|Location:||Balaklava, Crimea. 25km south of Sebastopol.|
|Address:||Naval Museum Complex Balaklava, Tel: +380-, Fax: +380-,|
|As far as we know this information was accurate when it was published (see years in brackets), but may have changed since then.|
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|Last update:||$Date: 2015/08/30 21:58:48 $|
|1953||begin of construction.|
|1991||abandoned and begin of dismantling.|
|01-JUN-2003||declared a museum.|
|2004||start of museum reconstruction.|
|2010||museum opened to the public.|
This site is offically called Военно-морск ;ой музейный комплекс (Naval Museum Complex). The local call it Музей холодной войны (Museum of the Cold War). It was once an underground submarine base with docks, top secret, and simply named объект ГТС №825 (CTA facility #825). After the collaps of the Soviet Union the Russian army left the Ukraine and this site was abandoned. Later some parts of it were converted into a museum.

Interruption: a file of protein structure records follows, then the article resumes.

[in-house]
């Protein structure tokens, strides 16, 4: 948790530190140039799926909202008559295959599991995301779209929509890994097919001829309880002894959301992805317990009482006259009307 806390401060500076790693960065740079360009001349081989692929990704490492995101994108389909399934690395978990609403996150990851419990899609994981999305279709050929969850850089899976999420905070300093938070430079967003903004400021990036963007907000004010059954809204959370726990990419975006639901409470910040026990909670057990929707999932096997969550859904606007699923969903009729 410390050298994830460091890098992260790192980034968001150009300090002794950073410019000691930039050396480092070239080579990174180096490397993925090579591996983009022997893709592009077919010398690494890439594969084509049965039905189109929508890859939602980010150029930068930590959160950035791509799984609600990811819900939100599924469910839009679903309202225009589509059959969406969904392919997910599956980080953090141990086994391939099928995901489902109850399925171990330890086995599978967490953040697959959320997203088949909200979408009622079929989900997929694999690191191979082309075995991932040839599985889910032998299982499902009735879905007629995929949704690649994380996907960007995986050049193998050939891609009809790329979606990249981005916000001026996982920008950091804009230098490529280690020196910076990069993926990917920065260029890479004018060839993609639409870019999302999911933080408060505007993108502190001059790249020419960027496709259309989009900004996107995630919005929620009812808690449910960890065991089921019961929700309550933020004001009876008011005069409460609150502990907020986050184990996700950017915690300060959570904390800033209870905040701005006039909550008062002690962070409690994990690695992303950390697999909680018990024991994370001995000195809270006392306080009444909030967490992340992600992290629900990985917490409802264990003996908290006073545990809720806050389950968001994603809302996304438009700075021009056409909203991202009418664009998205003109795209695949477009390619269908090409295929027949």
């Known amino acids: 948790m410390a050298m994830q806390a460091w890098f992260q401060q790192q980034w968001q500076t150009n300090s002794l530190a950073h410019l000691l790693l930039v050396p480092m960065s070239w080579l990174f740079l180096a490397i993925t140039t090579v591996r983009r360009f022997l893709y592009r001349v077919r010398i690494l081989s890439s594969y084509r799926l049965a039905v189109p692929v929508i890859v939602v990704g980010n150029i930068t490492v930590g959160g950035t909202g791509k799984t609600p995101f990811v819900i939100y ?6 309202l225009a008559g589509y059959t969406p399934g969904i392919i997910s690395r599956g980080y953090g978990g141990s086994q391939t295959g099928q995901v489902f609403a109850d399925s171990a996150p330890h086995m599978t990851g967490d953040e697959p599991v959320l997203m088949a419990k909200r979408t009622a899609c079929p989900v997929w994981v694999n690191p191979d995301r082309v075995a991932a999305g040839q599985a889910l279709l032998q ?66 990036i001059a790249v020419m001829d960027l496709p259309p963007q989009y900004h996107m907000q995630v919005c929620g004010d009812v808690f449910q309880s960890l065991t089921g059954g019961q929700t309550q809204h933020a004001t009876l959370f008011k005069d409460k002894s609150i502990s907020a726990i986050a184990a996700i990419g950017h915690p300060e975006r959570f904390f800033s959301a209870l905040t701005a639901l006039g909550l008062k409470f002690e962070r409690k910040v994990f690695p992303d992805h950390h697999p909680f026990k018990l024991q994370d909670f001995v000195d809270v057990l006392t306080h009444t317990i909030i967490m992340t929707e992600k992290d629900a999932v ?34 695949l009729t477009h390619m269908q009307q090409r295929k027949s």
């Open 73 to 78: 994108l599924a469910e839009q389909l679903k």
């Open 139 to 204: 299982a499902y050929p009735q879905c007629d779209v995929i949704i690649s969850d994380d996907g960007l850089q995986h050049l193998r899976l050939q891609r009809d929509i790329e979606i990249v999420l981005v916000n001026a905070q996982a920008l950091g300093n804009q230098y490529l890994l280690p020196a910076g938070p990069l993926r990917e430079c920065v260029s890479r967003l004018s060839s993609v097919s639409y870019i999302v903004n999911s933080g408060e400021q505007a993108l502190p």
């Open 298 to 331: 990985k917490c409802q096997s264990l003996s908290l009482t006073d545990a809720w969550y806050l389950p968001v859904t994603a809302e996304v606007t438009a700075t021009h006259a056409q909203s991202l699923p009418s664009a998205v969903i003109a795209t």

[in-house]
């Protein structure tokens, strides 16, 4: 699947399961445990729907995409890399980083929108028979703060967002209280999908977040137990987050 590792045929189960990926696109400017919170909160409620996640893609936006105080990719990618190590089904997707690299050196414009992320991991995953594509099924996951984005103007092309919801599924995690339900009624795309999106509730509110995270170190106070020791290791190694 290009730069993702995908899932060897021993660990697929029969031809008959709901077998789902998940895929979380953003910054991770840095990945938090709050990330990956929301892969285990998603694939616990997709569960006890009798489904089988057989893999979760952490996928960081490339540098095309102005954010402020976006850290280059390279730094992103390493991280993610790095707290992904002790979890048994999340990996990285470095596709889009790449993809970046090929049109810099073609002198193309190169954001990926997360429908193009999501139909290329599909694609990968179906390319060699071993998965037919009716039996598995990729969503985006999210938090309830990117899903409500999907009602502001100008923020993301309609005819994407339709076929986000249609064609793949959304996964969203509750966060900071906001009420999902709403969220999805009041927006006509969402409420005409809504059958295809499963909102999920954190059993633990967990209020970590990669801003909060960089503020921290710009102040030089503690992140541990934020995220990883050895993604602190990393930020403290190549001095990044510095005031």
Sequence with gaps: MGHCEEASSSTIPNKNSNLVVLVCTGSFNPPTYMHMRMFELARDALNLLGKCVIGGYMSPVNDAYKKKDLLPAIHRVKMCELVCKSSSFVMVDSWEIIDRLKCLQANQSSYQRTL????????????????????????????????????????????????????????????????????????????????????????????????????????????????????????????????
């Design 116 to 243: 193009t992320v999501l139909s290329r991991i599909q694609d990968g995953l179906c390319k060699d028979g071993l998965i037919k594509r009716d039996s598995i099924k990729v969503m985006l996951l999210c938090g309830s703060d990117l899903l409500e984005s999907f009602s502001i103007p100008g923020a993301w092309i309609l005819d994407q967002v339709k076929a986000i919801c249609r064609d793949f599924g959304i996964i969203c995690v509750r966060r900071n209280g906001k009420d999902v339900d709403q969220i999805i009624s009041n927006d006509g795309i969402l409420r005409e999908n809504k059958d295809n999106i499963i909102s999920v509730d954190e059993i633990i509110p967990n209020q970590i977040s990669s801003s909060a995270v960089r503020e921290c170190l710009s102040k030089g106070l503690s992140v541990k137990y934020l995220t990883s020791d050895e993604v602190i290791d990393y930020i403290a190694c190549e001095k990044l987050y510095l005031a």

The submarine base is connected with the sea by a 600m long tunnel. Submarines could enter the facility unnoticed under water and leave it also unnoticed through a second underwater tunnel. The whole bunker system hat a length of some 10 kilometers, was built to survive an atomic war, and could house the 1,500 personnel plus the villagers of Balaclava in self sustaining mode for up to 30 days. The submarines were replenished with ammunition and all kinds of operating supply. But they could also be repaired in a 102m long dry dock. The dock offered space for six small or three medium sized submarine. Big submarines could not enter the bunker, the tunnels were too small. The Black Sea fleet never had such huge nuclear-powered submarines, so this was not a problem.
Today there is a museum dedicated to the military - especially naval - history of Russia. It is entered through an impressive above ground portal with two 10 ton aluminum-titanium alloy doors. This door was once opened only in the night for vehicles entering and leaving the bunker. When the site was abandoned the remaining content was completely stolen, only the doors were too heavy to be taken away, despite the high value of their alloy. The museum was equipped with military equipment which was purchased from other sites for this purpose.
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